News of NASCAR's 16-driver, wins matter most, points-resetting, highest finisher of remaining four at Homestead-Chase surfaced just over two weeks ago. 80-90% of the opinions I heard of the format both before and after NASCAR's official announcement of it last week have been of the dissenting variety. Longtime fans feel betrayed by the sport they've loved since long before the first version of the Chase debuted in 2004. And I've seen promises by many that they "are never watching again" and they are "done with NASCAR for good." That's understandable, as one of the biggest gripes of the Brian France Era is the inconsistent changing of formats and the cheapening of two-thirds of the season, just to make a slightly-more exciting playoffs. This new scenario does this - to the max. But that does not mean now is the time to stop following the sport you love, like, or are about to hate.

One of the biggest complaints of the last 10 years and certainly the last five has been seeming lack of incentive for drivers to "let it all hang out" and race on the ragged edge to win. The new Chase certainly emphasizes the importance of winning, as taking a checkered flag all but guarantees a Chase berth. This would have put David Ragan, winner of last year's May Talladega race, in the 2013 Chase, as he was just inside the top 30 in points (25th) after Richmond. What this new format helps eliminate is drivers having a mediocre, 10th place kind of season and making the playoffs without winning, while other winners in, say, 15th in points get shutout. It also gives hope to a small team, like Ragan's Front Row Motorsports, or even a middle team like Richard Petty Motorsports or Chip Ganassi Racing, of getting more of the spotlight than before. The new Chase incentivizes crew chiefs leaving their drivers out on old tires and fumes of gas, drivers jostling three-wide on late restarts, and drivers making contact to get that badly needed first win of the season. Drivers may not race radically different and teams may not strategize to extremes, but even a slight uptick or change in both could make things more interesting.

The biggest flaw of the new Chase is the emphasis on one race and the lack importance on the first 26 races as a whole. My first thoughts about the new system - and the observations of vocal opposing fans - is that once a driver gets that important first win of the season and is virtually guaranteed a playoff berth, then they can skate the rest of the season until the Chase. But this logic does undermine one constant in NASCAR: everybody wants to win every week. Drivers have seemed insulted when accused of racing for anything less. The previous Chase systems allowed for winless drivers to make the playoffs, as long as they stayed at a safe spot on the points standings. Under the new Chase, the only safe spot in points is first. This should throw conservative strategy out of the window and make the trophy the only target - not just a good points day. And for those drivers with wins that know they are playoff-bound - they can just race for more wins, which do decide the Chase seeding when it starts.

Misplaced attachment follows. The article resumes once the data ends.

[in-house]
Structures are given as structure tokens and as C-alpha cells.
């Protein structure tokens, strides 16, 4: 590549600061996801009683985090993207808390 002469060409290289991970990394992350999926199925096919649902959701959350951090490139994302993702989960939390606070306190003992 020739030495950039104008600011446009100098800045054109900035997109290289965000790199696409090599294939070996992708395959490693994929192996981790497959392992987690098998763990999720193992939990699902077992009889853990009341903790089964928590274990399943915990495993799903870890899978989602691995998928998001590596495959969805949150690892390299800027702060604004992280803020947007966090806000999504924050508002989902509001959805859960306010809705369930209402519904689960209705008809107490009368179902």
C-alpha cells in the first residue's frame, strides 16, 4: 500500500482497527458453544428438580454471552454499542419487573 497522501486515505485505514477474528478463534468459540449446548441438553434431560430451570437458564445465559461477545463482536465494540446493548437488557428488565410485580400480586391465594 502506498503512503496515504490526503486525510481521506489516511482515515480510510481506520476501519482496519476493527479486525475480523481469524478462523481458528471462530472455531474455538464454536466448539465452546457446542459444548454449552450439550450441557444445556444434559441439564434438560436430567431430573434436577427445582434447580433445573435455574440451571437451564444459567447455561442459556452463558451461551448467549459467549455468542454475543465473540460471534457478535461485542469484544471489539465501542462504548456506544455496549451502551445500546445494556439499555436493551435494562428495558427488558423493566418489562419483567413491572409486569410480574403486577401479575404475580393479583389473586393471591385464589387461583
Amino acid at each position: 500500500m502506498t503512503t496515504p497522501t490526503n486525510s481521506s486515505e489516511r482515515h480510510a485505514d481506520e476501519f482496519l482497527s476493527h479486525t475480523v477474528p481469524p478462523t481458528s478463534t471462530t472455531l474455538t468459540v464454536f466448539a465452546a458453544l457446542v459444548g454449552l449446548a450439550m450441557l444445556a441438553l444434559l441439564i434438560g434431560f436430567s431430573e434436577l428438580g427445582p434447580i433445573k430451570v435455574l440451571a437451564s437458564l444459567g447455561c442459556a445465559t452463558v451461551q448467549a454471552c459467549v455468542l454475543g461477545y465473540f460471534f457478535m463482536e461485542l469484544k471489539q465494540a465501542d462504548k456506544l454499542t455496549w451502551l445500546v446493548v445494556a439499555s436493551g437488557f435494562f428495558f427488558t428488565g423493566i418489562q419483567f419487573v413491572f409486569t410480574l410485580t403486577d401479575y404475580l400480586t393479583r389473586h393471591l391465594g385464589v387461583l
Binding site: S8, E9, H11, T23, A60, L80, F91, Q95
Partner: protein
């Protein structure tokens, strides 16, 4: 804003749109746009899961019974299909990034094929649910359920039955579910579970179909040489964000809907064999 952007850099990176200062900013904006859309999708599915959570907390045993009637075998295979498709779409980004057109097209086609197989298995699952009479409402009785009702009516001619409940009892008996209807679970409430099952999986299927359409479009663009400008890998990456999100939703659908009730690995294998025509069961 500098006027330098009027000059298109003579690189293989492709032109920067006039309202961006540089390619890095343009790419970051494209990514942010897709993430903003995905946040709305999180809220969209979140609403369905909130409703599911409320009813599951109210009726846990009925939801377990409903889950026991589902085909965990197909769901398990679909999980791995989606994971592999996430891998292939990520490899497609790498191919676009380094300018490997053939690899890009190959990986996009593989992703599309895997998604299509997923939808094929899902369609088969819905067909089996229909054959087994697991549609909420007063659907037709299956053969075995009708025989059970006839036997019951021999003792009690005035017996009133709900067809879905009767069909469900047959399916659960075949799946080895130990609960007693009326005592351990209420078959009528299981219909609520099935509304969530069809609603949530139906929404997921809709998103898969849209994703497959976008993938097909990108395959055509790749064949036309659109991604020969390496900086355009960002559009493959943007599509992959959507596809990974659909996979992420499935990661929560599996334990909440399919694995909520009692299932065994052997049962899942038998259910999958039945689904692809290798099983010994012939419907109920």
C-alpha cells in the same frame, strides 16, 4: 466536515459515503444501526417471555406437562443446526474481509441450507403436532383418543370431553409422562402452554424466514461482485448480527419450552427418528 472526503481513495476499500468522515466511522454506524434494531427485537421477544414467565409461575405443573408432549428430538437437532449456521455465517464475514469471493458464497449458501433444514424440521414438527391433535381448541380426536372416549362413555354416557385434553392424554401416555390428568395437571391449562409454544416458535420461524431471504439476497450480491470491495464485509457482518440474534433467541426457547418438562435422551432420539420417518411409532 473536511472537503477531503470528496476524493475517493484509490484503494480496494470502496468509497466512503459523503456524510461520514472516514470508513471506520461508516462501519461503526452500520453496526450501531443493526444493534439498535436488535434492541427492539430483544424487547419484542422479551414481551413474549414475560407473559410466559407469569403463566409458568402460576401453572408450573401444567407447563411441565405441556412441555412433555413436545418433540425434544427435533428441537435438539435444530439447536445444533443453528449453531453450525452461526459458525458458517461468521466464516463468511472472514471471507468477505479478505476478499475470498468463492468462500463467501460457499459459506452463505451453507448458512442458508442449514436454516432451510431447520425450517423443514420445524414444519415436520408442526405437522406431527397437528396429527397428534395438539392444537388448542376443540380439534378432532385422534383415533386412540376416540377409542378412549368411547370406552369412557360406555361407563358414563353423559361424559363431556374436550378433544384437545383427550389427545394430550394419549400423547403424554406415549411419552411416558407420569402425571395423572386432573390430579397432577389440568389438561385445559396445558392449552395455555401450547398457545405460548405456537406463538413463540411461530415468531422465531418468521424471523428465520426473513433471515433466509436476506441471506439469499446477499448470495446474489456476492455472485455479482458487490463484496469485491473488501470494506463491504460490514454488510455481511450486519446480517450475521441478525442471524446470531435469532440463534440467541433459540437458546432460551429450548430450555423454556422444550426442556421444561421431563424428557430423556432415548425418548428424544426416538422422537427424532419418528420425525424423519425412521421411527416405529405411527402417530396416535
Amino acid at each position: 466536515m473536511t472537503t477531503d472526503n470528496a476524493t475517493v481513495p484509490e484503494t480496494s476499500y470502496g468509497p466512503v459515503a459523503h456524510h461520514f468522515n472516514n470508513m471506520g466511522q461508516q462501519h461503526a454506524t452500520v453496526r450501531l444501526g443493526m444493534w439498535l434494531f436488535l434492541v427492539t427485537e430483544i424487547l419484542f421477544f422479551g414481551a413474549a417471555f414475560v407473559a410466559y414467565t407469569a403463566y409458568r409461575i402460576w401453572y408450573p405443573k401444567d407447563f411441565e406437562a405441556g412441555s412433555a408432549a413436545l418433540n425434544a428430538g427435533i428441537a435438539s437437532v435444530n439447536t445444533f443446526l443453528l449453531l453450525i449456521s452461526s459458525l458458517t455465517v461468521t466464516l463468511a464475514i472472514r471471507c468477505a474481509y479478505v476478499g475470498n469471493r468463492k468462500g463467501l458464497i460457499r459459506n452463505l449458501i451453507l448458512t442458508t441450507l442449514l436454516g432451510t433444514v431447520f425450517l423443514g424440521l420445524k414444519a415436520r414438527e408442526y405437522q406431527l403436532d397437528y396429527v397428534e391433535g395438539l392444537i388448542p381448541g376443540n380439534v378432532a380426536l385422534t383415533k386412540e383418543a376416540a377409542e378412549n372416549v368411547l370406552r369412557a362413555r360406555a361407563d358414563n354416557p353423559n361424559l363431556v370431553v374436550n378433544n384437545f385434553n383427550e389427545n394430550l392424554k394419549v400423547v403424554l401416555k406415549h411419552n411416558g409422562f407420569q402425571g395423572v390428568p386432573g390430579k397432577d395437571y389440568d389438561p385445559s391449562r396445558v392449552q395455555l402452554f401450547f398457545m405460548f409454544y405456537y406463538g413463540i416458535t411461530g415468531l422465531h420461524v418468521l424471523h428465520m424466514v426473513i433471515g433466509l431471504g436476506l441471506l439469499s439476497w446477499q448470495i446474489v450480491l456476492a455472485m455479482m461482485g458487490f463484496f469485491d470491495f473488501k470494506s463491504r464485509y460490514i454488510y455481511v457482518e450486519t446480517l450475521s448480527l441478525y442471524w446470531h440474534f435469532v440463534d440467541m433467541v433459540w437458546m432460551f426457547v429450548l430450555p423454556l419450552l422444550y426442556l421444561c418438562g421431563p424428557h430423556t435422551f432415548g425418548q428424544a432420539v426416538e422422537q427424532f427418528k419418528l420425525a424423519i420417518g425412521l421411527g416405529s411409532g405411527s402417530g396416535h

NASCAR did miss one big point in all of this change. The sport's governing body operates as if the spice lacking in the racing action is only strategic and psychological. They beefed up the incentive to win, by changing the whole system and by making the Chase have eliminations and an ultimate deciding race, just like stick and ball sports. What NASCAR officials missed in this legitimacy-compromising upheaval is likely the bigger reason drivers don't look to be racing as hard: the racecars. Carl Edwards said recently that the stakes can be made as high as the heavens. But if he can't even get to the racecar in front of him, he sure can't pass them or bump them out of the way. Edwards has said for years he'd love to see softer tires and less downforce on the cars, so drivers had more control and weren't so pegged down. He and others want more variance in the racecars, so they aren't all going full speed the entire time. Softer tires create more speed, but fall off faster. Less downforce makes them harder to drive at full speed. NASCAR tried to remedy this - and did to some extent - with the Gen-6 car, which will have new tweaks in 2014. But the new parts on the cars likely won't dramatically change a problem that has been in place since the late 1990's.

Regardless of your problems with the new Chase - the dilution of the first 26 races, the high instance of bad luck that could ruin someone's season in the last race, the probability of team orders affecting the outcome (like Richmond last fall), the confusing format, the complete diversion from the championship history of NASCAR, the probability that a NASCAR judgment call (like a timely debris caution) could decide the championship, the fact that the rules change too often (like the Shootout or the All-Star Race do), the fact that a driver with zero wins could stillbeat a driver with 35 wins - 2014 is not the year you should stop watching NASCAR. Give it at least one more shot. Drivers at the racetrack where I announce, Gresham Motorsports Park, race for a championship - but you wouldn't know it. They really only care about the trophies and the cash that particular Saturday night. NASCAR is trying to bring that mode back. It may work and it may not. But if it does, do you only want to read about it or watch highlights? No. You want to get caught in the suspense and emotion that good racing brings. And even if you watch it through critical-colored glasses - don't you want to see yourself proven right? For the good of NASCAR, let's hope the changes are a success. For a sport so dependent on exposure and sponsorship money, the changes have to be for NASCAR to survive.